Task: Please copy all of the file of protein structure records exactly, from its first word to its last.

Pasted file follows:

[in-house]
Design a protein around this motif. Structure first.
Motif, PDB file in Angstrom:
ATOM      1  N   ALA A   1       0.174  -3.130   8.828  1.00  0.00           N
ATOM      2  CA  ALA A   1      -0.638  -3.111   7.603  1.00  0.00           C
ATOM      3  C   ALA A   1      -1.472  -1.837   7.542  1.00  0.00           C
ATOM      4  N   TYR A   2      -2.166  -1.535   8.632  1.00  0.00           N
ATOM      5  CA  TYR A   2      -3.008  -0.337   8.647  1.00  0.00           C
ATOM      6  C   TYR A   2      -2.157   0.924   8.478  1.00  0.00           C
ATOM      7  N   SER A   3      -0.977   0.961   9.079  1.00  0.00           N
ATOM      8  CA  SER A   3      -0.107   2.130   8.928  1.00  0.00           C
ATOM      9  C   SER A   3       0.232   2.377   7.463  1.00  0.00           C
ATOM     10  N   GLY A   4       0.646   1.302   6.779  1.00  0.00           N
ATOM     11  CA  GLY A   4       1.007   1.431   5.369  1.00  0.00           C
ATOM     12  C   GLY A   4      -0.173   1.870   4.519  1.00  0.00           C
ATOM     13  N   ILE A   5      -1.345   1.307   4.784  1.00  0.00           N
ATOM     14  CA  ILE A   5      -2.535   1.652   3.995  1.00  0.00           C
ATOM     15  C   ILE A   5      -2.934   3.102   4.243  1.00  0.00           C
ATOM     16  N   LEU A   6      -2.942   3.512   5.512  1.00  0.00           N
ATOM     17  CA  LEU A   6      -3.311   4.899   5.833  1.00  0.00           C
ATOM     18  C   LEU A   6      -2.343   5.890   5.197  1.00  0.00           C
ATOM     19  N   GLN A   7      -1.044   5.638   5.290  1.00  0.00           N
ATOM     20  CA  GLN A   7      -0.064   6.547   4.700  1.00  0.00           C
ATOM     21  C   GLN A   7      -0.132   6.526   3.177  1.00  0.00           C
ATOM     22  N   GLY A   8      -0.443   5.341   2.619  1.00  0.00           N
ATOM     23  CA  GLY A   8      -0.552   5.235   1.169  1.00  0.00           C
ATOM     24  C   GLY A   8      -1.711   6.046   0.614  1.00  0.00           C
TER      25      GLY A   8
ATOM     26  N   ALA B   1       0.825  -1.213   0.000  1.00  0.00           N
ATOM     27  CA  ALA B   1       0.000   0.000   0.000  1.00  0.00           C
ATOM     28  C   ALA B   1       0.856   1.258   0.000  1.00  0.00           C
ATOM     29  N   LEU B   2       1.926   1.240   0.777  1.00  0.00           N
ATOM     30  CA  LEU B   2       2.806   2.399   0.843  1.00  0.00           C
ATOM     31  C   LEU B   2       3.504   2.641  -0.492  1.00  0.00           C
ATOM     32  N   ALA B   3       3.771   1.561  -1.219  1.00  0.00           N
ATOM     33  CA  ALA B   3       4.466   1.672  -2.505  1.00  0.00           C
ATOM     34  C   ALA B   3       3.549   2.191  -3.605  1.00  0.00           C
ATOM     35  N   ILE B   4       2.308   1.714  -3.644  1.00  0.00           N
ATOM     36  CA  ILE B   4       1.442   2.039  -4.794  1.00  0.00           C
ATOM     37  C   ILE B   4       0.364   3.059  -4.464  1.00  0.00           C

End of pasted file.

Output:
[in-house]
Design a protein around this motif. Structure first.
Motif, PDB file in Angstrom:
ATOM      1  N   ALA A   1       0.174  -3.130   8.828  1.00  0.00           N
ATOM      2  CA  ALA A   1      -0.638  -3.111   7.603  1.00  0.00           C
ATOM      3  C   ALA A   1      -1.472  -1.837   7.542  1.00  0.00           C
ATOM      4  N   TYR A   2      -2.166  -1.535   8.632  1.00  0.00           N
ATOM      5  CA  TYR A   2      -3.008  -0.337   8.647  1.00  0.00           C
ATOM      6  C   TYR A   2      -2.157   0.924   8.478  1.00  0.00           C
ATOM      7  N   SER A   3      -0.977   0.961   9.079  1.00  0.00           N
ATOM      8  CA  SER A   3      -0.107   2.130   8.928  1.00  0.00           C
ATOM      9  C   SER A   3       0.232   2.377   7.463  1.00  0.00           C
ATOM     10  N   GLY A   4       0.646   1.302   6.779  1.00  0.00           N
ATOM     11  CA  GLY A   4       1.007   1.431   5.369  1.00  0.00           C
ATOM     12  C   GLY A   4      -0.173   1.870   4.519  1.00  0.00           C
ATOM     13  N   ILE A   5      -1.345   1.307   4.784  1.00  0.00           N
ATOM     14  CA  ILE A   5      -2.535   1.652   3.995  1.00  0.00           C
ATOM     15  C   ILE A   5      -2.934   3.102   4.243  1.00  0.00           C
ATOM     16  N   LEU A   6      -2.942   3.512   5.512  1.00  0.00           N
ATOM     17  CA  LEU A   6      -3.311   4.899   5.833  1.00  0.00           C
ATOM     18  C   LEU A   6      -2.343   5.890   5.197  1.00  0.00           C
ATOM     19  N   GLN A   7      -1.044   5.638   5.290  1.00  0.00           N
ATOM     20  CA  GLN A   7      -0.064   6.547   4.700  1.00  0.00           C
ATOM     21  C   GLN A   7      -0.132   6.526   3.177  1.00  0.00           C
ATOM     22  N   GLY A   8      -0.443   5.341   2.619  1.00  0.00           N
ATOM     23  CA  GLY A   8      -0.552   5.235   1.169  1.00  0.00           C
ATOM     24  C   GLY A   8      -1.711   6.046   0.614  1.00  0.00           C
TER      25      GLY A   8
ATOM     26  N   ALA B   1       0.825  -1.213   0.000  1.00  0.00           N
ATOM     27  CA  ALA B   1       0.000   0.000   0.000  1.00  0.00           C
ATOM     28  C   ALA B   1       0.856   1.258   0.000  1.00  0.00           C
ATOM     29  N   LEU B   2       1.926   1.240   0.777  1.00  0.00           N
ATOM     30  CA  LEU B   2       2.806   2.399   0.843  1.00  0.00           C
ATOM     31  C   LEU B   2       3.504   2.641  -0.492  1.00  0.00           C
ATOM     32  N   ALA B   3       3.771   1.561  -1.219  1.00  0.00           N
ATOM     33  CA  ALA B   3       4.466   1.672  -2.505  1.00  0.00           C
ATOM     34  C   ALA B   3       3.549   2.191  -3.605  1.00  0.00           C
ATOM     35  N   ILE B   4       2.308   1.714  -3.644  1.00  0.00           N
ATOM     36  CA  ILE B   4       1.442   2.039  -4.794  1.00  0.00           C
ATOM     37  C   ILE B   4       0.364   3.059  -4.464  1.00  0.00           C